Delaware House panel approves marijuana legalization bill

DOVER, Del. – (AP) – A bill legalizing the recreational use of marijuana in Delaware has cleared its first legislative hurdle.

The legislation, which was released Wednesday by a House committee and now goes to the full House for a vote, regulates and taxes marijuana in the same manner as alcohol.

The bill doesn’t allow people to grow their own marijuana but allows adults over age 21 to legally possess less than an ounce of marijuana for personal use.

The legislation would create a commission to regulate, license and tax the marijuana industry, allowing licenses for up to 40 retail stores.

Consumers would pay an excise tax of $50 an ounce, while businesses would pay an application fee of $5,000 and a $10,000 licensing fee every two years.

Congress Hands A Mixed Bag to Marijuana Movement

The year-end spending bill gives momentum to the marijuana movement, plus a painful setback

For the marijuana legalization movement, 2014 ends the way it began: with legal changes that showcase the movement’s momentum alongside its problems.

Tucked into the 1,603-page year-end spending bill Congress released Tuesday night were a pair of provisions that affect proponents of cannabis reform. Together they form a metaphor for the politics of legal cannabis—an issue that made major bipartisan strides this year, but whose progress is hampered by a tangle of local, state and federal statutes that have sown confusion and produced contradictory justice.

First the good news for reformers: the proposed budget would prohibit law enforcement officials from using federal funds to prosecute patients or legal dispensaries in the 32 states, plus the District of Columbia, that passed some form of medical-marijuana legalization. The provision was crafted by a bipartisan group of representatives and passed the Republican-controlled House in May for the first time in seven tries. If passed into law, it would mark a milestone for the movement, restricting raids against dispensaries and inoculating patients from being punished for an activity that is legal where they live but in violation of federal law.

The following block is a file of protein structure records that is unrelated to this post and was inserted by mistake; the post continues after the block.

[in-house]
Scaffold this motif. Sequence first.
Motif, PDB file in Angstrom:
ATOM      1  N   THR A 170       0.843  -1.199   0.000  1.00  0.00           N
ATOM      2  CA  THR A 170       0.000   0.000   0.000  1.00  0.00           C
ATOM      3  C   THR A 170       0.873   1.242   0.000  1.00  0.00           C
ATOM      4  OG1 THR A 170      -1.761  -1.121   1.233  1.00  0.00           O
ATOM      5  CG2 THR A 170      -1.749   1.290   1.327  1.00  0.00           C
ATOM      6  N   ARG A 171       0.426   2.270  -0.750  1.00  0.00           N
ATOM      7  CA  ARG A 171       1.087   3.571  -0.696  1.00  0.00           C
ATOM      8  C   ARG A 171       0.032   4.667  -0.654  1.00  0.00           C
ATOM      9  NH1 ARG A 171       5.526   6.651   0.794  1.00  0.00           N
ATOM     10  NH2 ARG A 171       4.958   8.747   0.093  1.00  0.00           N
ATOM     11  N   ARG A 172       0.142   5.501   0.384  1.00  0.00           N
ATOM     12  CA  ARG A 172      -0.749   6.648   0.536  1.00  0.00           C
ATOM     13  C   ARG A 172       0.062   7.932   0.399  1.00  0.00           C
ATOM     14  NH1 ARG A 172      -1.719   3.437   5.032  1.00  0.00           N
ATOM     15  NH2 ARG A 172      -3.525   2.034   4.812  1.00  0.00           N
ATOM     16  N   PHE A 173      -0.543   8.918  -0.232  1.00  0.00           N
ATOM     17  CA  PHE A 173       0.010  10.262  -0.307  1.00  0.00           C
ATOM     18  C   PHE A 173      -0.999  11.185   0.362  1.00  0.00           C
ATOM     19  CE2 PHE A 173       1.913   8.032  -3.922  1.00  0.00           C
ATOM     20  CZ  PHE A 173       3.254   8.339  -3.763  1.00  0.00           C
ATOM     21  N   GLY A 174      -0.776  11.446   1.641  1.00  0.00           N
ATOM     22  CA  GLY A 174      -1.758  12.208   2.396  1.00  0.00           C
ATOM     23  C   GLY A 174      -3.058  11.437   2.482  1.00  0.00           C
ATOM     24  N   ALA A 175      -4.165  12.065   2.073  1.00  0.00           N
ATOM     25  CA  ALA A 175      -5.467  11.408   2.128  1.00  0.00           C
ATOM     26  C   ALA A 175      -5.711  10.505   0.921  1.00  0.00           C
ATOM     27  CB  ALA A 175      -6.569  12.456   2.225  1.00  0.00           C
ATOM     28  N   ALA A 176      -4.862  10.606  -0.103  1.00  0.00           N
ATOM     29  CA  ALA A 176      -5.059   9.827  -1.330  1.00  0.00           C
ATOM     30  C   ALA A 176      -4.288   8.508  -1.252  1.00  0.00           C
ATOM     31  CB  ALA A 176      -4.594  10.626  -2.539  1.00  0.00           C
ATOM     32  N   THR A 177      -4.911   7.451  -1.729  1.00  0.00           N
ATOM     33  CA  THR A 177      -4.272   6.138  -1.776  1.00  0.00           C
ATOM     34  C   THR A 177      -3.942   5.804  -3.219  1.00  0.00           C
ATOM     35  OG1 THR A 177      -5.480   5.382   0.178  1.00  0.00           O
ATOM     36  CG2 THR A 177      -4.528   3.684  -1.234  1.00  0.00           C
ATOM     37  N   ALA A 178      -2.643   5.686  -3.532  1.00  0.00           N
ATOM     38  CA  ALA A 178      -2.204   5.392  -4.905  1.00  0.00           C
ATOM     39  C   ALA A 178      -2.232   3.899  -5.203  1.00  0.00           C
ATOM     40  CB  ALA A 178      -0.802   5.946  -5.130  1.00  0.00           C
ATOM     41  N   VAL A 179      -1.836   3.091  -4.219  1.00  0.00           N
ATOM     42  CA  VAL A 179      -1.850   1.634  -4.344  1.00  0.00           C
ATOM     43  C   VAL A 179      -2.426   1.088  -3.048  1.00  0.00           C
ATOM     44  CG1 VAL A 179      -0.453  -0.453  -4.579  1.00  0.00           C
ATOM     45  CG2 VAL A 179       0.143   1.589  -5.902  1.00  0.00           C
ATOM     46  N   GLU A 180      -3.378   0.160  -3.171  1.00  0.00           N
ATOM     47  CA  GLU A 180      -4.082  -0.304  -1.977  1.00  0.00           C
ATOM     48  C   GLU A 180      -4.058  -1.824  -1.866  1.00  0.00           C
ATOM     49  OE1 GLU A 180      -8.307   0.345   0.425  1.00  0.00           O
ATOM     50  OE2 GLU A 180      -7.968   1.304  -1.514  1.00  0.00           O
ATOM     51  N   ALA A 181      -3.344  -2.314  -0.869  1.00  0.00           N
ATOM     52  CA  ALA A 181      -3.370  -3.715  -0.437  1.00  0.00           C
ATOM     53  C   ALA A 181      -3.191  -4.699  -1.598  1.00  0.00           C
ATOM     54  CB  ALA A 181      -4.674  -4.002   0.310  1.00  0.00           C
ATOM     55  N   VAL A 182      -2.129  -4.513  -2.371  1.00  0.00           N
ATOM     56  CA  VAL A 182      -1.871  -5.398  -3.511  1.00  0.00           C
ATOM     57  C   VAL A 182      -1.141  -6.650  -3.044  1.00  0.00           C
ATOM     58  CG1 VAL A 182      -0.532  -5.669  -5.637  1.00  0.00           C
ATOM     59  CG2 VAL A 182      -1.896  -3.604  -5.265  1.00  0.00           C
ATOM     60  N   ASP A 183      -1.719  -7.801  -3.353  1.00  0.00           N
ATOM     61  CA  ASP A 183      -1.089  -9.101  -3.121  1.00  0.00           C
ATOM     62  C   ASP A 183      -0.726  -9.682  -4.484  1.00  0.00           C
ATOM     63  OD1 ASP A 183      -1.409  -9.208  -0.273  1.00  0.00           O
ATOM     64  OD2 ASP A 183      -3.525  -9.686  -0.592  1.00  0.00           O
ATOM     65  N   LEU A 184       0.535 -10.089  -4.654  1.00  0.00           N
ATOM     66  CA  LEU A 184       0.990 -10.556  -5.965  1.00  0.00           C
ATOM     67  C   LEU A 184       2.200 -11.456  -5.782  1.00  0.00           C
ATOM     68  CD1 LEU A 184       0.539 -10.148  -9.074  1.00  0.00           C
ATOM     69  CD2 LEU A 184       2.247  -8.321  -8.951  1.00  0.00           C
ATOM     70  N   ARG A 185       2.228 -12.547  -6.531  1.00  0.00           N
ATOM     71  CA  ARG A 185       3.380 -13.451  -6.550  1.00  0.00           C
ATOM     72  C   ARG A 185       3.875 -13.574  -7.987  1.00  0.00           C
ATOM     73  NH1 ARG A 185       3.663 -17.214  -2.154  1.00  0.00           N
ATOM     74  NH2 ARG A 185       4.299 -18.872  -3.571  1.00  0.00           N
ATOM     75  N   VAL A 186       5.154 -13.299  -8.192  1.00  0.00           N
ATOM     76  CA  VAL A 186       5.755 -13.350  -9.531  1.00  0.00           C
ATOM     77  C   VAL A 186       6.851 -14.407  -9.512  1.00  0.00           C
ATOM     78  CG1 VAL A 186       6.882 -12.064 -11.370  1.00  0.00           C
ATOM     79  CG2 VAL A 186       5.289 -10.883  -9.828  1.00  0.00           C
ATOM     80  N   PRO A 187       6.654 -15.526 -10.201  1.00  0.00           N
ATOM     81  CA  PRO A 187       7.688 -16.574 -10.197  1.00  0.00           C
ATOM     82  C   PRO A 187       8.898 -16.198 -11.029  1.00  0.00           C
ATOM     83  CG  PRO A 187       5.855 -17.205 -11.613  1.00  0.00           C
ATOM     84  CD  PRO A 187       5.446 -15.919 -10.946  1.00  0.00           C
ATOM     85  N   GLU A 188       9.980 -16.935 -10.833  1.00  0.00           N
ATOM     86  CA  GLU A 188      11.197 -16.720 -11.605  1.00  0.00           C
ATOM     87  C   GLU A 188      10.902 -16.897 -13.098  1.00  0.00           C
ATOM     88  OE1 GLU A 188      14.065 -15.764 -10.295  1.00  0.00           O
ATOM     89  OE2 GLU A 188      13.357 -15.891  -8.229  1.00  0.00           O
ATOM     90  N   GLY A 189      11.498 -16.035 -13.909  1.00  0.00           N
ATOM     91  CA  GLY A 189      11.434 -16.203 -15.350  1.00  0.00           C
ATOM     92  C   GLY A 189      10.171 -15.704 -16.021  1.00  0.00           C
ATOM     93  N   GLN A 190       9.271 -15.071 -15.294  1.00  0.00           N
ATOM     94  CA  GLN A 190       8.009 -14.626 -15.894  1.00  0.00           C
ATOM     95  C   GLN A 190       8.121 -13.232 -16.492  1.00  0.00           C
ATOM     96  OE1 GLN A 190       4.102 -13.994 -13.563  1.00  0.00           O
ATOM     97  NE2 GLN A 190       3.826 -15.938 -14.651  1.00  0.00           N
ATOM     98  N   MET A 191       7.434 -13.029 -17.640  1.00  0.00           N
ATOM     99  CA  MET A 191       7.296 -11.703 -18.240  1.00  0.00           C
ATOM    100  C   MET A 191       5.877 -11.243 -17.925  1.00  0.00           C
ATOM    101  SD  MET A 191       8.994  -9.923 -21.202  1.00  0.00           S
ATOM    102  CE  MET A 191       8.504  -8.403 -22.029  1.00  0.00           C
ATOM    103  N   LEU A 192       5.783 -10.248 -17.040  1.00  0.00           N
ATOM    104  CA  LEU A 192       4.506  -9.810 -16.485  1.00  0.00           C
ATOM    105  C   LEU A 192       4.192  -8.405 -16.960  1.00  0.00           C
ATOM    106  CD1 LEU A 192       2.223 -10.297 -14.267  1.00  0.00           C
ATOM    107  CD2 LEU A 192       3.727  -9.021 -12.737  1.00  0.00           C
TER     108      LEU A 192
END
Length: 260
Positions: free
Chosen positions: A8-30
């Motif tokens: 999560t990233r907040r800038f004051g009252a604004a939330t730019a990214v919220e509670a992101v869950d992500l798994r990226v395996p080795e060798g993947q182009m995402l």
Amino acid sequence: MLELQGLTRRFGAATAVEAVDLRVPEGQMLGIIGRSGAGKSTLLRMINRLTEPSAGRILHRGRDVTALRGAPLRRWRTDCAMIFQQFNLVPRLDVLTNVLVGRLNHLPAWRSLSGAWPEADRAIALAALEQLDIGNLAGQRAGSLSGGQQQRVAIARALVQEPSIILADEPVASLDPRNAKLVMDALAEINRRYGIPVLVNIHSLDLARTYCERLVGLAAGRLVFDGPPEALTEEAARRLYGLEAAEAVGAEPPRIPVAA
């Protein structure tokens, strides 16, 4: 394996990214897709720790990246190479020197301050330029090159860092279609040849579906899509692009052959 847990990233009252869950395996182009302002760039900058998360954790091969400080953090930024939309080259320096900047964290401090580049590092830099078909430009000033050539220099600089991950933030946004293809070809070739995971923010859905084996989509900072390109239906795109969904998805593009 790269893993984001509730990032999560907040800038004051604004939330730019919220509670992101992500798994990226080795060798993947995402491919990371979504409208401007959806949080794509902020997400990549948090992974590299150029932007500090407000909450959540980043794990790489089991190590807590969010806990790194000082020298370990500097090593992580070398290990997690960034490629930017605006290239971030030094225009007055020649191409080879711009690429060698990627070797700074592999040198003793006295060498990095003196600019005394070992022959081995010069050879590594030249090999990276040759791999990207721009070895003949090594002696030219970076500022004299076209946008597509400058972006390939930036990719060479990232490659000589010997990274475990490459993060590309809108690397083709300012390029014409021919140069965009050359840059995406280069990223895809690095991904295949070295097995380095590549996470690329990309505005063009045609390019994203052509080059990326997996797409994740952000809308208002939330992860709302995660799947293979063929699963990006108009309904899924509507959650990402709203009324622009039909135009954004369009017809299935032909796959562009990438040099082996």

“The enactment of this legislation will mark the first time in decades that the federal government has curtailed its oppressive prohibition of marijuana, and has instead taken an approach to respect the many states that have permitted the use of medical marijuana to some degree,” Rep. Dana Rohrabacher said in a statement to TIME. The California Republican’s work on the issue reflects the strange coalition that has sprung up to support cannabis reform as the GOP’s libertarian wing gains steam and voters’ views evolve.

At the same time, the House chose to overrule Washington, D.C., on the issue. Last month voters in the District chose to liberalize its marijuana laws, passing an initiative that legalized the possession, consumption and cultivation of recreational marijuana. The move, which was supported by about 70% of the capital’s voters, paved the way for D.C. to follow in the footsteps of Colorado and Washington State by establishing a tax-and-regulatory structure for cannabis sales in 2015.


North Carolina; another step for Haley’s Bill *update*

RALEIGH N.C (Reuters) – North Carolina is on the verge of joining the wave of states to approve a form of medical marijuana as lawmakers voted to allow its limited use for treating seizures.

The Hope 4 Haley and Friends bill is named for 6-year-old Haley Ward of Newport, who suffers from multiple daily seizures. The measure passed unanimously in the state Senate on Thursday, having cleared the house last week, and now awaits the signature of Governor Pat McCrory, who has not taken sides on the issue.